If you are in business for yourself, you must do every task necessary for your business. That includes everything from photographing your clients to taking out the trash. You don’t get to pick and choose what you want to do; instead everything is equally important when it comes to building a success business.
Which means every business owner must be a self promoter too – unless you have the ability to pay someone else to do it. If that’s not you, spreading the word is your task. Not to be confused with marketing, publicity gets others talking about you. And while many people think publicity comes with age – only the more established, more profitable companies need to worry about publicity – in fact its great to build your PR plan as early as possible.
Here are some ideas to help you develop a strong publicity program.
1. Choose what media outlets you would like to be featured in
What do you want out of your publicity? Are you trying to prove your expertise? Or are you trying to attract new clients? People look to articles in magazines as more authoritative than those that place ads. If you’re in an article, you must have something to say. Find a few sources where you would like to be featured and start gathering contact information. In order to pitch an article, you’ll need either a writer/reporter or the editor, depending on the size of the publication. Make sure you get contact information: names, email, addresses, web addresses. In many cases if you head online, you’ll find specific information for submitting ideas. I keep an excel file filled with this information, so its easy to create things and get them into the appropriate hands immediately.
2. Use resources like HARO
Want a great way to get to reporters looking for you? Try out a service like HARO – Help A Reporter Out. Sign up for their free service and you’ll be put on the mailing list in which you’ll receive emails three times a day listing opportunities. Follow up on the ones that you connect with and will bring you in potential exposure to your client base. While you can start with their free service – I’ve been using it for years – they also have pay models in which you can build profiles, filter your alert and even get a head start on responding.
3. Develop a sound pitch
Your pitch shouldn’t read like a sales letter. A reporter would never write a story on your products or services. Instead, they are looking for human interest stories; things that will make their readers or viewers interested in what they have to say. They would never write a story on your portrait sessions, unless you added a twist. What if you specialized in creating portraits in unique locations with unique clientele – maybe of the local teams’ players? People love seeing the star quarterback in any situation; a business that focused in on giving the top players in the industry special memories would be great front page business news. The key is thinking from the reporters standpoint. What do they want to showcase to their readers?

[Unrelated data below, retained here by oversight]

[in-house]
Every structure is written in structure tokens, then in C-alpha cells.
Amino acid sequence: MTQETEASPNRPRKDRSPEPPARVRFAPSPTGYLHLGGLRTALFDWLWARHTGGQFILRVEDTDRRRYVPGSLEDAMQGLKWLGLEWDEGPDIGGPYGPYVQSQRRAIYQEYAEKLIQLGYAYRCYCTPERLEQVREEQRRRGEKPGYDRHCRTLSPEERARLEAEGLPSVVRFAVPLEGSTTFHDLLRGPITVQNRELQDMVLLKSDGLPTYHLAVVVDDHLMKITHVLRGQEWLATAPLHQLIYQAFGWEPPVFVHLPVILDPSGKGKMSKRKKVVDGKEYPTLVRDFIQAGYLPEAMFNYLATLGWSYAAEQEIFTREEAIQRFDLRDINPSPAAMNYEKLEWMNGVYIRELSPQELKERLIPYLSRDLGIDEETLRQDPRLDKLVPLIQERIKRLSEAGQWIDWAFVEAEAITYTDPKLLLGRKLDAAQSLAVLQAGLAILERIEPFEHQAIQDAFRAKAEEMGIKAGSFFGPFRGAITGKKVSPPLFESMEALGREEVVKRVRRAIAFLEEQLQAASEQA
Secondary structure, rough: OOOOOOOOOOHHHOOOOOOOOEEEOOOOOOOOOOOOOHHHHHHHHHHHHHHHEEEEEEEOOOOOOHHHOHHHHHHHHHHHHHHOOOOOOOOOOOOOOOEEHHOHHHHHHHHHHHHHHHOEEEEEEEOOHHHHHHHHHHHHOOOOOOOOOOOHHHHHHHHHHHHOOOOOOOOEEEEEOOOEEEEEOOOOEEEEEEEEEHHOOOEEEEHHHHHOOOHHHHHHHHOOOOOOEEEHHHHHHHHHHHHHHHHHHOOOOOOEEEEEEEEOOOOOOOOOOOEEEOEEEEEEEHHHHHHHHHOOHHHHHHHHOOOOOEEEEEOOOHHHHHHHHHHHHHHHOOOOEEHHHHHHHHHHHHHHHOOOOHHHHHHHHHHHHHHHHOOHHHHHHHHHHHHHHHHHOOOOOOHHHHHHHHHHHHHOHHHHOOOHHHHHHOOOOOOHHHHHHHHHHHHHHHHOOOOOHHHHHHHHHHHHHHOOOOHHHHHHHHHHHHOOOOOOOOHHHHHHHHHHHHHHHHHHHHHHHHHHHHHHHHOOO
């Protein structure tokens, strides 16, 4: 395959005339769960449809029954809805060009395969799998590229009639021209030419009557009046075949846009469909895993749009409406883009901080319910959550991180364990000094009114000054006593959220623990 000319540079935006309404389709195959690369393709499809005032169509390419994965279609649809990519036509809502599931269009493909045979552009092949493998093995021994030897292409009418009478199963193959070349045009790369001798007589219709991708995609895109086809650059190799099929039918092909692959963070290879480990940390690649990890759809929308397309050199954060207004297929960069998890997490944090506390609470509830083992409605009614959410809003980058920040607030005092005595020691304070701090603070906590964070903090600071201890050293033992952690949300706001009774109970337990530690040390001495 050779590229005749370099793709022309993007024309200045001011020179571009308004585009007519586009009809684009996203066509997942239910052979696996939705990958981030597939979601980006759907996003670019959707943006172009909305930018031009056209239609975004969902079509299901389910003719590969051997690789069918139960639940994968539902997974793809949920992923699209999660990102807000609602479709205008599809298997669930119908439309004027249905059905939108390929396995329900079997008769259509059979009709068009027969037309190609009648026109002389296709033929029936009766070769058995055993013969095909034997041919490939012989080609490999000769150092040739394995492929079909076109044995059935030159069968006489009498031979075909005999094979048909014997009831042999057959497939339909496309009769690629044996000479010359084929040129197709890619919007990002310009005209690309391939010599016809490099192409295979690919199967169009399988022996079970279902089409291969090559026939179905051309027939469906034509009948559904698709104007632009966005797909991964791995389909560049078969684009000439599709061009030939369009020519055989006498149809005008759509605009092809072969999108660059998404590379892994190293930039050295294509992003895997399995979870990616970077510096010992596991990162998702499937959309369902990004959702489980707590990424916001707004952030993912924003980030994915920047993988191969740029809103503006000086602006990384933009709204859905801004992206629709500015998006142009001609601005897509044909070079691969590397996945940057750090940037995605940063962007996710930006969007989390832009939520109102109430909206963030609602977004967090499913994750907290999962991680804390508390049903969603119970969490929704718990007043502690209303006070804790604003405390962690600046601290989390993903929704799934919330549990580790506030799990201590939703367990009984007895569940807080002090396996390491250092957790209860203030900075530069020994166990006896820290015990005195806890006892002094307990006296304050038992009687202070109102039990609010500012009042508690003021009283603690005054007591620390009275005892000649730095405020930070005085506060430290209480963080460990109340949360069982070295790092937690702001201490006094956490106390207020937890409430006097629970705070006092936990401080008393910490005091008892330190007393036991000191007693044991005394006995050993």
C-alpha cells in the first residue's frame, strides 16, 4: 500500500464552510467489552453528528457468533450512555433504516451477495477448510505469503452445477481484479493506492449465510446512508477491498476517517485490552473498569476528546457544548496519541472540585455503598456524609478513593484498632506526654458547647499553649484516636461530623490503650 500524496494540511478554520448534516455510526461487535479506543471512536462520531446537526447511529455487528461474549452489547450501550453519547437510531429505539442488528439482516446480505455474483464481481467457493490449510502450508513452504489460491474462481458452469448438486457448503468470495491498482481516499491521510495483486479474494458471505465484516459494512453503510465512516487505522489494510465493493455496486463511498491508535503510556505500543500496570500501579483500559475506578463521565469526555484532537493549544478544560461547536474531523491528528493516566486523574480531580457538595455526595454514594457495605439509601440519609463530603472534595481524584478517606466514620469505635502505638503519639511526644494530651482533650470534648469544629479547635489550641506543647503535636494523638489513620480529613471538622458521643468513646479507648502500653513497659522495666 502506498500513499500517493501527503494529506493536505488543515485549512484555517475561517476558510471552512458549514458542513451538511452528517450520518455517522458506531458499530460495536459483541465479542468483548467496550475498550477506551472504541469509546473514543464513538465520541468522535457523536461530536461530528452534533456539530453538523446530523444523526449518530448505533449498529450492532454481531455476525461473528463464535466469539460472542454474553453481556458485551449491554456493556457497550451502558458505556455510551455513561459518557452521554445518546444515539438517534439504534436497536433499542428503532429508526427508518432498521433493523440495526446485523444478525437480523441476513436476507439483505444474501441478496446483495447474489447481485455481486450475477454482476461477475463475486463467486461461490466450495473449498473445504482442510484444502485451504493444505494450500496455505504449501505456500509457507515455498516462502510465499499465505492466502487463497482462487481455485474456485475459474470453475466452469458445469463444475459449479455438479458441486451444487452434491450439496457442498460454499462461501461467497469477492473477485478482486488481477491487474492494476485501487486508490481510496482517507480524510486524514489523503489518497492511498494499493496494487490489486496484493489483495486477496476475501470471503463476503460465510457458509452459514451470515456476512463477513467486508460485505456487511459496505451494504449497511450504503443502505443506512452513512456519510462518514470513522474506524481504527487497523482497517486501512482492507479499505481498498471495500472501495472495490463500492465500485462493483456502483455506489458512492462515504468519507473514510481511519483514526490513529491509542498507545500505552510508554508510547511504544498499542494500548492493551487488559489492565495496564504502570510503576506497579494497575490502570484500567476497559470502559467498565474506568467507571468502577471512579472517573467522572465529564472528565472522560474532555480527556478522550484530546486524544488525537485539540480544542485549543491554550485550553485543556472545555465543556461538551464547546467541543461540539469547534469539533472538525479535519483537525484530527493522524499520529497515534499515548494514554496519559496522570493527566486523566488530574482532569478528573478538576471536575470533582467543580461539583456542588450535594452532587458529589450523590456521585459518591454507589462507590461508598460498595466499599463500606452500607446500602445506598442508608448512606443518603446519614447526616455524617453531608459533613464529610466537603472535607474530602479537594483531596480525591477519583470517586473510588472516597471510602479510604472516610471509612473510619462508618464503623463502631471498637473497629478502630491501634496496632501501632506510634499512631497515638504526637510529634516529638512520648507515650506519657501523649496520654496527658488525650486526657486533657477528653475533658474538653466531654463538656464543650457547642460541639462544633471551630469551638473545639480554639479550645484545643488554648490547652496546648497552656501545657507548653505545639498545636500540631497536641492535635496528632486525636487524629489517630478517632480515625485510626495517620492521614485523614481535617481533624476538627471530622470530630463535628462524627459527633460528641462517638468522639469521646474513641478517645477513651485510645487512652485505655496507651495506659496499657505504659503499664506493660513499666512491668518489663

Don’t send any pitch to “whom it may concern”. Instead choose specific people and learn what they report on regularly. Then customize your pitch to fit in with what they like to write/talk about. You’ll be more likely to attract attention if they have to do little thinking/planning for the article itself.
5. Send information in the desired format
One of the quickest ways to be deleted from the opportunity is to not follow directions. If they only like emailed inquiries, email your release. If they like snail mail, mail it in. If they use an online form, submit it in the desired format. Don’t be eliminated for not following directions. And never think you’ll get extra exposure if you try something new – its just a reason to delete what you’ve sent in.
6. Be creative
Can you imagine reading release after release, all day long? Boring. Reporters like the WOW factor just like anyone else. They like to be surprised. They like to find things that are different and new. Why not create a three minute YouTube video and include the link in your release? While its no guarantee, it may work, depending on what you are pitching.
7. Do not call
Many people have the automatic assumption that when you mail one thing in to a reporter, you’ll get an instant response. Remember these people are bombarded with many things during their day. They may be pitched from dozens of angles, all while trying to follow up on a breaking story. If something doesn’t capture their eye today, try it again. But don’t call. They will find you when its of interest.
8. Using social – the new way of grabbing attention
While reporters read through the press release files every day, they also spend a great deal of time online. They almost always have social accounts on Facebook, Twitter, LinkedIn and Google+. And they read and follow things just like you and I do. The key is getting on their radar. If you follow them, they may follow you. If you provide lots of useful content, they may take an interest. While they might not answer you right away, it’s a matter of time. When you do something interesting and they take notice, you may have a friend – and an opportunity – for life.